90% of those who die by suicide had a diagnosable psychiatric disorder at the time of their death.

                  –American Foundation for Suicide Prevention

Don not hesitate to save the ones you love.

Some may not have another day left in them.

-Jess

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7 comments

  1. I think it’s also important to consider that not *all* cases of depression or suicidal people are chemical in nature.

    Many depressed or suicidal people (and those aren’t always the same thing) are that way not because of “brain chemistry”, but because of abuse, psychological trauma, situational factors, or even just pain. Raw pain.

    And a lot of people don’t believe or want to believe that someone could be suicidal because they’re jsut always in that much emotional and mental pain, not because of not having “magic pills”, as someone put it to me.

    Like

  2. Its very very sweet and pure what you are doing here. I appreciate it very much and keep on doing it, for as long as it naturally comes from inside. Again, dont push yourself into doing this and you wont be bad for doing that. Alternately, you can go slow and at your own pace , one that is both natural and that which can be sustained for a long time.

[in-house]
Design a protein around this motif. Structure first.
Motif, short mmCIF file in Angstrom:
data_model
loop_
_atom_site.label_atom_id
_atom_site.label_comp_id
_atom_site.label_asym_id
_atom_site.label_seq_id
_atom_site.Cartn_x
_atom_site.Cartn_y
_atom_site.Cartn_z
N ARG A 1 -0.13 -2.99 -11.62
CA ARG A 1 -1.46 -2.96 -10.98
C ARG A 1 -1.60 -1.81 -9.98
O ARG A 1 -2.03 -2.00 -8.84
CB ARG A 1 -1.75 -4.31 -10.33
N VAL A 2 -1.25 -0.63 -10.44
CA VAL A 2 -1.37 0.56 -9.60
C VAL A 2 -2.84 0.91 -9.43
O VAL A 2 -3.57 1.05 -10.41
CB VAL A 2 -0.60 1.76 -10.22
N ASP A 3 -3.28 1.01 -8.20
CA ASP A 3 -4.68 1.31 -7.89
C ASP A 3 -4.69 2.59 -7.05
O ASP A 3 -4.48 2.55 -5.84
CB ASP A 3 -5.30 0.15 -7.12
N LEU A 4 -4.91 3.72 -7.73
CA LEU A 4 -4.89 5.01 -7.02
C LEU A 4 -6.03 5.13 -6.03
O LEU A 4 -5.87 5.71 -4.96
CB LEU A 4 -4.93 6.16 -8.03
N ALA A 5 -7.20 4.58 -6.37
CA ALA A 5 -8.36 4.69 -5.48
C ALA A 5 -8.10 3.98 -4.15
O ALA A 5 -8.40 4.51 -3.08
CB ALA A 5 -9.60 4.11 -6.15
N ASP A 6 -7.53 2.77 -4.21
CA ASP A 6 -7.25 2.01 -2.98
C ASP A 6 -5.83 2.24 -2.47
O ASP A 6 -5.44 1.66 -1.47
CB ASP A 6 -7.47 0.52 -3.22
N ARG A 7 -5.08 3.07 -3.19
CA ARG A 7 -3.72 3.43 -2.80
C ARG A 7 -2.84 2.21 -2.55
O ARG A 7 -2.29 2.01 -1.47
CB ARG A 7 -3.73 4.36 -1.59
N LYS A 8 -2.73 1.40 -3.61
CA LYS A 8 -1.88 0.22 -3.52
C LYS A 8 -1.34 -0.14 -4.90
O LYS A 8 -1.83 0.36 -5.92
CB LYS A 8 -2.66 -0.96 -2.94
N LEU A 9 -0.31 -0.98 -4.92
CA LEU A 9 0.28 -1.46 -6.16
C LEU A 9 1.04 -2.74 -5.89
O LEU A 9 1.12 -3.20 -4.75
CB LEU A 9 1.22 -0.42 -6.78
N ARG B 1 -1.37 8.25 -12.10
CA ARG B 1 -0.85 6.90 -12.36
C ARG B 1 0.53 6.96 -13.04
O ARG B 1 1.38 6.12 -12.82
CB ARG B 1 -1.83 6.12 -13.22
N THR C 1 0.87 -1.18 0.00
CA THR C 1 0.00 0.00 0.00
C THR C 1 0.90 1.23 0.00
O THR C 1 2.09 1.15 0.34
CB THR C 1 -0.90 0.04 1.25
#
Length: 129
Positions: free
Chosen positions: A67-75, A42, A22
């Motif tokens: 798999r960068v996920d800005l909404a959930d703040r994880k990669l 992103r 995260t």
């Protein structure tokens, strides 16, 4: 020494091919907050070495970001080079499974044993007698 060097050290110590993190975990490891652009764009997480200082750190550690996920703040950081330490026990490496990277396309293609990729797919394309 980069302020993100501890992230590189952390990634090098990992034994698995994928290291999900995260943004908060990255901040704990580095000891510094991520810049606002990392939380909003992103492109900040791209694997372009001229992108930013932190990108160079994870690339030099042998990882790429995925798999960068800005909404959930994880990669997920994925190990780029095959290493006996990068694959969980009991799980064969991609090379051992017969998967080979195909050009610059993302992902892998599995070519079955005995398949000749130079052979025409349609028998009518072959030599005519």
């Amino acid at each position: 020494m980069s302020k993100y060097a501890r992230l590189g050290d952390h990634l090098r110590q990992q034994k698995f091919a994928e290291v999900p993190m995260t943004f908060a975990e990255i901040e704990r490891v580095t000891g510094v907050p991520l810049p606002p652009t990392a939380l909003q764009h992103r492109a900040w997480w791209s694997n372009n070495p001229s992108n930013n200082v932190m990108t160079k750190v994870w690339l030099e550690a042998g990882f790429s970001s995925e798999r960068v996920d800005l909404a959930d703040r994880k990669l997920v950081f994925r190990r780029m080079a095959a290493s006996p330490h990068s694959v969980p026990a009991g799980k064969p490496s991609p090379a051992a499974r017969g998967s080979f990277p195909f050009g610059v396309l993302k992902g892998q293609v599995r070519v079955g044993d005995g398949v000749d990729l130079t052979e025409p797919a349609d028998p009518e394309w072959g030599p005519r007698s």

I do this too, but I help people on forums.

    Have a nice day.

    Liked by 2 people

  3. When I first attempted suicide I had the cops called on me because I called a help line first. I knew the system so, I knew if I got a release form he couldn’t do anything.

    My mother thought I wanted attention. My father called me selfish. I finally chatted with a help line person and they told me nobody wants to be around a sad person.

    So, I have been hiding my true emotions for years. I have made plans repeatedly to end my life(on my birthday for example) but, I can never go through with it. Maybe I’m waiting for something devastating to happen. I don’t know.